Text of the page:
“Within transportation, EVs is our fastest growing market segment in transportation,” said Osorio. That could be because more electric vehicles are shipping than just a few years ago and EVs have a higher electronics content than internal combustion vehicles. For instance, the semiconductor content of an internal combustion car is about $620 while content in an EV is about $1,200, according to researcher IC Insights.
The importance of EV
The distributor supplies the same components for EVs that it does to internal combustion engine vehicles: interconnect, passives, electromechanical, discretes, circuit protection, sensors, as well as charging couplers. “TTI has placed a high importance on the EV segment and has a very robust and dedicated strategy to support and grow this market, said Osorio.
“Automotive is a very important if not critical market segment for TTI and our transportation group,” said Osorio. “It grows steadily each year and its share of our business stays pretty level and steady,” he said.
Osorio said TTI has a very “focused and strategic line card especially when it comes to transportation and automotive.” TTI carries components from the world’s top automotive, interconnect suppliers “as well as top suppliers in other technologies,” he said.
“We are not necessarily wanting to grow our line card in terms of suppliers but rather are looking to augment our existing lines with other core technologies crucial to the transportation, EV and autonomous markets,” said Osorio.
Another distributor that has durable sales growth in the automotive segment is Avnet. “We have experienced well over double-digit growth in automotive for the past two years, and there is no indication that this will slow down,” said Jason Skoczen, sales director, lightspeed and transportation of Avnet. The reason for the growth is partially due to the shortages but it is “primarily due to the technology advancements, new emerging companies, and the amount of semiconductor content that is included in passenger vehicles,” Skoczen said.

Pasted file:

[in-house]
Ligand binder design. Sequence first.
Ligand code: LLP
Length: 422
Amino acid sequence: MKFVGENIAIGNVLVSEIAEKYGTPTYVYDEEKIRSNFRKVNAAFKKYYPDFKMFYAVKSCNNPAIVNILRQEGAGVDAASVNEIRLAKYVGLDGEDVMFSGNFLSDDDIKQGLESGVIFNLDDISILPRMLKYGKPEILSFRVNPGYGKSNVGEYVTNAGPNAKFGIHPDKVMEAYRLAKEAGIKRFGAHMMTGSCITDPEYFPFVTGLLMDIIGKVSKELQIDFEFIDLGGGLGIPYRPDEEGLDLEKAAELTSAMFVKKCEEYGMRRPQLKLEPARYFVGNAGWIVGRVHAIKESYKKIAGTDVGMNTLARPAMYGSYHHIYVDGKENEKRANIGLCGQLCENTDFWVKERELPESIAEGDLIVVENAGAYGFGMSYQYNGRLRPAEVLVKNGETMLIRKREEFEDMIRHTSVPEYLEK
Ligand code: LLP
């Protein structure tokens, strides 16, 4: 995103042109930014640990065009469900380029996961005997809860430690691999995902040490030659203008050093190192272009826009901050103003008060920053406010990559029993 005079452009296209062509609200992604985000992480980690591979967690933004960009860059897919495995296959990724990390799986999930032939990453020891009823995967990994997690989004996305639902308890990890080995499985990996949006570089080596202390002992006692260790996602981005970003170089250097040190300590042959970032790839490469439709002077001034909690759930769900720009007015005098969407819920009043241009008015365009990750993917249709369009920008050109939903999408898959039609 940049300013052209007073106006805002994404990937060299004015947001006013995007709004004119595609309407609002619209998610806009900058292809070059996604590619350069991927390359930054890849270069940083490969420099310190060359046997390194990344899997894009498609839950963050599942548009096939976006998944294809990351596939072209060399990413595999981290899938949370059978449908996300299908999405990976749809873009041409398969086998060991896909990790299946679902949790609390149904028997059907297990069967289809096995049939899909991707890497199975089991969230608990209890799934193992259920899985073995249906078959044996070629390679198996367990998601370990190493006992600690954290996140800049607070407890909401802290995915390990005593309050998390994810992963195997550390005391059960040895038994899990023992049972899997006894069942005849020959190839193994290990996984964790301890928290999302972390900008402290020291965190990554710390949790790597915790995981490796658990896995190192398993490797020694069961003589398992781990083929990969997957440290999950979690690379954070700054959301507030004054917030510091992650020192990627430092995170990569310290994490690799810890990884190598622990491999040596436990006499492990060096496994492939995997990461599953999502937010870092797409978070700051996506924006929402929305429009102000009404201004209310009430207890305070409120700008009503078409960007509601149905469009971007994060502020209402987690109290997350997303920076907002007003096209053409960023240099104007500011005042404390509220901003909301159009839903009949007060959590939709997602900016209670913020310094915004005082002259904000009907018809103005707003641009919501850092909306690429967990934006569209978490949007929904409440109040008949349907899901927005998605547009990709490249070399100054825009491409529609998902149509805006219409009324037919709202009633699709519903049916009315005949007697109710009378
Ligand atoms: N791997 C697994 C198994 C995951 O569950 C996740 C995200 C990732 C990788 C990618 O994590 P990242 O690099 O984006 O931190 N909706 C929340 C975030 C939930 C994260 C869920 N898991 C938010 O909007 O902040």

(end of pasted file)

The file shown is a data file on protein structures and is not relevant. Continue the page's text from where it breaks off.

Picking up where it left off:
While Avnet supplies a range of semiconductors, passives and interconnect devices to automotive customers, it also offers them “financial service models and supply chain services. We are also engaging with the OEMs directly and discussing how we can provide logistics services to them,” he said.
Avnet also supplies parts for EV production, including power ICs, interconnect, microcontrollers to auto OEMS, charging station companies and module integrators.
Checking for technology gaps
Avnet will add linecards “if we have any technology gaps for how we need to support the industry,” said Skoczen. Avnet is constantly evaluating the companies on its line card, checking where the market is heading, he said.
Skoczen said automotive has specific requirements that must be met, particularly as regards to safety. “Much of that is handled at the manufacturing and component level. However, we have the ability to provide the necessary documentation that is required to use automotive components,” he said.
Avnet has a dedicated quality team specific to automotive that has a “deep expertise of automotive requirements and certifications to ensure we are meeting our customers’ needs,” Skoczen said.
Wallace said requirements from automotive customers often are different than other customer segments. “Certain markets and applications require different levels of component durability and component traceability and the automotive sector is one of them,” he said. Digi-Key supplies a range of automotive specified parts and provides traceability of parts, which at Digi-Key are all from authorized sources and manufacturers said Wallace.
“We work closely with several automotive customers to ensure the supply of key components, whether for new product introduction or high-mix or low-to-medium production quantities,” he said.
Osorio said that automotive customers are “strict and require significant data such as testing and have design cycles. He added there is a “significant amount of liability” to manage as well as long-term service agreements to support.
TTI’s value proposition supports this type of business. “We are a stocking distributor first. We know that having available-to-sell inventory paired with our unique supply chain solutions such as proximity warehouses, in-plant stores, and APIs, position us to continue to grow with the automotive market and strengthen our position as a preferred supplier partner,” said Osorio.